Morocco. Tens of thousands of protesters in Rabat,
Casablanca, Tangier and other cities demanded increased
power for the Prime Minister and reduced corruption in the
spring. Gentle protests against the concentration of power
around King Muhammad VI were also heard, but the monarchy
was not really questioned. Police dissolved many of the
demonstrations and arrested a large number of protesters.
Five people were killed during the first demonstration day,
February 20, when a bank was set on fire in the town of
Hoceima. It also happened that activists in the so-called
February 20 movement, most young and liberal, clashed with
Countryaah official site, the king responded with some concessions. In a referendum
on a new constitution on July 1, 98.5% of voters agreed to
constitutional amendments that gave Parliament greater power
at the expense of the king. Among other things, the king
must appoint the leader of parliament's largest party as
prime minister and the king would no longer be "holy" but
merely "invulnerable". The judiciary would also become more
independent. The king urged the people to vote yes, but the
February 20 movement meant that the reforms left most of the
power untouched in the hands of the royal house and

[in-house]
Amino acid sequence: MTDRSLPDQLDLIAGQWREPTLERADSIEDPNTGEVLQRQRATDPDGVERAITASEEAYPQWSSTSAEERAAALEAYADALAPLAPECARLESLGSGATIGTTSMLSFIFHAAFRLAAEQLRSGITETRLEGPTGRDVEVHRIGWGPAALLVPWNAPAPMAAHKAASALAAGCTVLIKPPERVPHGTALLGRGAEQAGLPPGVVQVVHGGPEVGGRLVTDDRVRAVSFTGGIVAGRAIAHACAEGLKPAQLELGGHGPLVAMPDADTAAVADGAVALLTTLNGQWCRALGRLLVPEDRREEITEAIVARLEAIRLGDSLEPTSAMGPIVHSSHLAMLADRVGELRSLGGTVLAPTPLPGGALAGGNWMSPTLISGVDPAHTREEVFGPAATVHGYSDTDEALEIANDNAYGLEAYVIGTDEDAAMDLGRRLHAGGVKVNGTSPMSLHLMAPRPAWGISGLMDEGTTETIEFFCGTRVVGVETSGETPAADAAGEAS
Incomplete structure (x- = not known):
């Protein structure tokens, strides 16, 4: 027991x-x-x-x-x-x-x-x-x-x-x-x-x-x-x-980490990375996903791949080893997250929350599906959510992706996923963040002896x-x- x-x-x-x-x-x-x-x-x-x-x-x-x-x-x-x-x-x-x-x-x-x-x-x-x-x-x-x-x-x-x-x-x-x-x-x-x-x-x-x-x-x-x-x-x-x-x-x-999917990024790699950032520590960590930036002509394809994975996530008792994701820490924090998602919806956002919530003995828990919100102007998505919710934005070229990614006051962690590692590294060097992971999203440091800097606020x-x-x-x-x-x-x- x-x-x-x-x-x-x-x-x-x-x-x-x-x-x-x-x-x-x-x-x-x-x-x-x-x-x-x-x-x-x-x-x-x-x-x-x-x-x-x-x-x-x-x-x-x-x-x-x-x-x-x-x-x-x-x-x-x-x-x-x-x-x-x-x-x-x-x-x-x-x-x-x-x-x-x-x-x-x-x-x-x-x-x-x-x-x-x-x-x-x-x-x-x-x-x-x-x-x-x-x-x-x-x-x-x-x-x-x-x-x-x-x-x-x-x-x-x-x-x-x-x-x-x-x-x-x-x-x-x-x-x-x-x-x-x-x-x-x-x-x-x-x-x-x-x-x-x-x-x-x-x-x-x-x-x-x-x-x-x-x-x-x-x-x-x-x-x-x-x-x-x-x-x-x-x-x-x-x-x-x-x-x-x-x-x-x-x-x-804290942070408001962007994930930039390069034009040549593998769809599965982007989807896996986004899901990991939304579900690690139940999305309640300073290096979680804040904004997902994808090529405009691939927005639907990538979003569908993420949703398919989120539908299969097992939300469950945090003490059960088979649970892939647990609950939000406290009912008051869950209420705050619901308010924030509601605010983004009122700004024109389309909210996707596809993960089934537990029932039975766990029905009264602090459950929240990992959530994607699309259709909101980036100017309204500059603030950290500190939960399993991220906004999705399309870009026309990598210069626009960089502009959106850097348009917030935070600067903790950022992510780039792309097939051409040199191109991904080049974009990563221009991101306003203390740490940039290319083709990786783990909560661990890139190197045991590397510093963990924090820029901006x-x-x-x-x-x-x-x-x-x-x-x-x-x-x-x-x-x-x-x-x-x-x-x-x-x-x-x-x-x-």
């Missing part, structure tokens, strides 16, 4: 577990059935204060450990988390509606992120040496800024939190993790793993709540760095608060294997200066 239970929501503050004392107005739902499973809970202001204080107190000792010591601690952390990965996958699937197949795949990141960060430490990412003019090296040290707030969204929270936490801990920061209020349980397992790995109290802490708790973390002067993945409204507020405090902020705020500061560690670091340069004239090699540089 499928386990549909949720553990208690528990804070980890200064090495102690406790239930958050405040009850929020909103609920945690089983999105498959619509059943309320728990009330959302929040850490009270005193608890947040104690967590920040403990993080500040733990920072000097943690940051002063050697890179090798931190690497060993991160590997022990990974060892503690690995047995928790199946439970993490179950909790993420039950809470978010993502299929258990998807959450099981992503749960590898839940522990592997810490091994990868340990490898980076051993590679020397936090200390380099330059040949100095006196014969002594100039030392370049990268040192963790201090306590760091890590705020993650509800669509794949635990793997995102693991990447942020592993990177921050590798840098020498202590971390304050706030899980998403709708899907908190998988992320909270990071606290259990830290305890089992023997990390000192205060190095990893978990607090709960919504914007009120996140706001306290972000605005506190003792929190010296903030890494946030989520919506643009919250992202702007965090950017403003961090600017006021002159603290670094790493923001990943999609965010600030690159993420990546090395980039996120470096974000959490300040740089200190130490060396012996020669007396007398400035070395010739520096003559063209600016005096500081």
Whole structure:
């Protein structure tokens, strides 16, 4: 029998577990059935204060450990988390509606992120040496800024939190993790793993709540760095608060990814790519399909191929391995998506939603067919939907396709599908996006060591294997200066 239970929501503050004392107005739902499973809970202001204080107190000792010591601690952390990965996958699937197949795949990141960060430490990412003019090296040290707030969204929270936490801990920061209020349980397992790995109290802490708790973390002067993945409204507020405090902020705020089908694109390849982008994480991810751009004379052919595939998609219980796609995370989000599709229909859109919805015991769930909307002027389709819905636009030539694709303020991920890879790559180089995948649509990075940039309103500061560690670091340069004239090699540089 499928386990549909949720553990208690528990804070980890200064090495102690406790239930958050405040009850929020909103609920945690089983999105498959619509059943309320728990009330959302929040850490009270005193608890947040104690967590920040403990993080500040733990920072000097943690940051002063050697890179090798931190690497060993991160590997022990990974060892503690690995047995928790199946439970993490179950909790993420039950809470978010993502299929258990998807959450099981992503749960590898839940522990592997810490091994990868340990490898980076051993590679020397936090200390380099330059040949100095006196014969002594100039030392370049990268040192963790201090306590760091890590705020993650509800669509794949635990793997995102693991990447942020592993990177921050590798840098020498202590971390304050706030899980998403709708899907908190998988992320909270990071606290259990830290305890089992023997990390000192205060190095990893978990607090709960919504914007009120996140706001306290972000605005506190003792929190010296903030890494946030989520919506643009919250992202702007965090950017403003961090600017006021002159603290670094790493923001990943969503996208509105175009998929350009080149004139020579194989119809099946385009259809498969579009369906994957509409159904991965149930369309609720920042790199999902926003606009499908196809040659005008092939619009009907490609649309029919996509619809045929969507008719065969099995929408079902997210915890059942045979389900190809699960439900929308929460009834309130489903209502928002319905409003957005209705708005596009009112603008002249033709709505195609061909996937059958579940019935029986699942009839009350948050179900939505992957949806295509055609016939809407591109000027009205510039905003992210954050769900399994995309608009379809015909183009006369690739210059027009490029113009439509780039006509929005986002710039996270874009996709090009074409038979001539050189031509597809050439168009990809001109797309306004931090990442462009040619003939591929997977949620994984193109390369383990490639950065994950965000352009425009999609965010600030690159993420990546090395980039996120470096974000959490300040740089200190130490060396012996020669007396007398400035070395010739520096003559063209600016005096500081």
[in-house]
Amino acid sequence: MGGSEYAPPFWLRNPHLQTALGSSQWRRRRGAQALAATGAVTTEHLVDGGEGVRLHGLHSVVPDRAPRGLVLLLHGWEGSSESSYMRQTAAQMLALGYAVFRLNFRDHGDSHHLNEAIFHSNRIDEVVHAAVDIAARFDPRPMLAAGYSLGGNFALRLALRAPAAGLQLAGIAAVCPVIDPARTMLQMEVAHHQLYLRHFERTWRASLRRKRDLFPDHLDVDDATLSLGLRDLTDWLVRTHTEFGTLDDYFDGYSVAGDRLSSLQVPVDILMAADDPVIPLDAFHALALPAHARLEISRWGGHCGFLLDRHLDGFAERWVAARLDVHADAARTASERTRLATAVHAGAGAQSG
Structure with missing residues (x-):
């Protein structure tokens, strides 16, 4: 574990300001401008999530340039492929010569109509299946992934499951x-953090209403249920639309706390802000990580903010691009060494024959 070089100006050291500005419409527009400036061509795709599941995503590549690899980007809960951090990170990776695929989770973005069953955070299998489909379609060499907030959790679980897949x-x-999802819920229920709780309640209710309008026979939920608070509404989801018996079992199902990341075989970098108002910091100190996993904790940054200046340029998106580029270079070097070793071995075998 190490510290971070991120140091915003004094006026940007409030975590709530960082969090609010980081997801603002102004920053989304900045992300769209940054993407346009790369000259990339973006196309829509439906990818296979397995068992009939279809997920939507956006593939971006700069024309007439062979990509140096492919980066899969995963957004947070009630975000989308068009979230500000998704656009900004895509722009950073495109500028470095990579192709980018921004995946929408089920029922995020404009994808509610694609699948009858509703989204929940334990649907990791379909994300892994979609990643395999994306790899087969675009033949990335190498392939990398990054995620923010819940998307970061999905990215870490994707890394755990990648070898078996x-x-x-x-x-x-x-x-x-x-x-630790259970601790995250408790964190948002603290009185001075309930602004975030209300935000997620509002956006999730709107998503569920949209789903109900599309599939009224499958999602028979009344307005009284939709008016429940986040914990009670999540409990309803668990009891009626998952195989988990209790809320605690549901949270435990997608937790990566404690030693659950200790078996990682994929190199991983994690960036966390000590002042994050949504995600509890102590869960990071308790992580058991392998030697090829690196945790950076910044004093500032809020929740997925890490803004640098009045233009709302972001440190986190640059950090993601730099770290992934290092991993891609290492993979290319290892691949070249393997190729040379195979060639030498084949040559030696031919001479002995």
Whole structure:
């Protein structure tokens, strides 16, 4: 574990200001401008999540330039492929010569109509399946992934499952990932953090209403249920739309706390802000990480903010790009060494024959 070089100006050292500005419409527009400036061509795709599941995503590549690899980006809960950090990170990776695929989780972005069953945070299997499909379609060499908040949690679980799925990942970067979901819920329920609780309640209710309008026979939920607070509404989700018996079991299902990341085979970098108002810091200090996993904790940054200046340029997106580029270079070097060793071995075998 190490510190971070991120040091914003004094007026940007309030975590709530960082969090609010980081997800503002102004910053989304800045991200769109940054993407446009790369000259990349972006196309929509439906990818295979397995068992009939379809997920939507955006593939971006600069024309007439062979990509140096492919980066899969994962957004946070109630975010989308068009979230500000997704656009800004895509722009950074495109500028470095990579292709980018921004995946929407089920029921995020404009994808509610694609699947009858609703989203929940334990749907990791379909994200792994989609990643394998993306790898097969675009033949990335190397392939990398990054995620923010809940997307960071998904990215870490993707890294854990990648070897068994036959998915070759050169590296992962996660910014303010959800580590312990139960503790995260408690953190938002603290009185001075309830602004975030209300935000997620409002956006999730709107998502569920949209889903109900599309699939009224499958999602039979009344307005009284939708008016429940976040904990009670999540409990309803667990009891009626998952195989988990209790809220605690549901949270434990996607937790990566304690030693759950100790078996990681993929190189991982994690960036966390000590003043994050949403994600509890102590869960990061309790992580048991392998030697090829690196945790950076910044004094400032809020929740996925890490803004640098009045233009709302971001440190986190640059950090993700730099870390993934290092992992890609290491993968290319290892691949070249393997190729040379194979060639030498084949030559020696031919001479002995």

establishment and therefore called for a boycott.
In the elections to Parliament's House of Commons on
November 25, the Islamist PJD (Justice and Development
Party) was the largest with 107 out of 325 seats. The party
is a moderate sister party to the Turkish government party.
The second largest became nationalist Istiqlal, the largest
in the former coalition government. Many residents showed
their dissatisfaction with the limited reforms by boycotting
the election - turnout was 45.4%. In accordance with the
reformed constitution, on November 29, the king appointed
PJD leader Abdelilah Benkirane as new prime minister. He
belonged to a faction within the party who was loyal to the
Seventeen people were killed, including eight Frenchmen,
and about twenty were injured when an explosive charge
exploded in a crowded cafe at Djemma el-Fna square in
Marrakech, April 28. Eight men were arrested on suspicion of
the act and brought to trial.
In December, the European Parliament decided not to
extend the fisheries agreement with Morocco.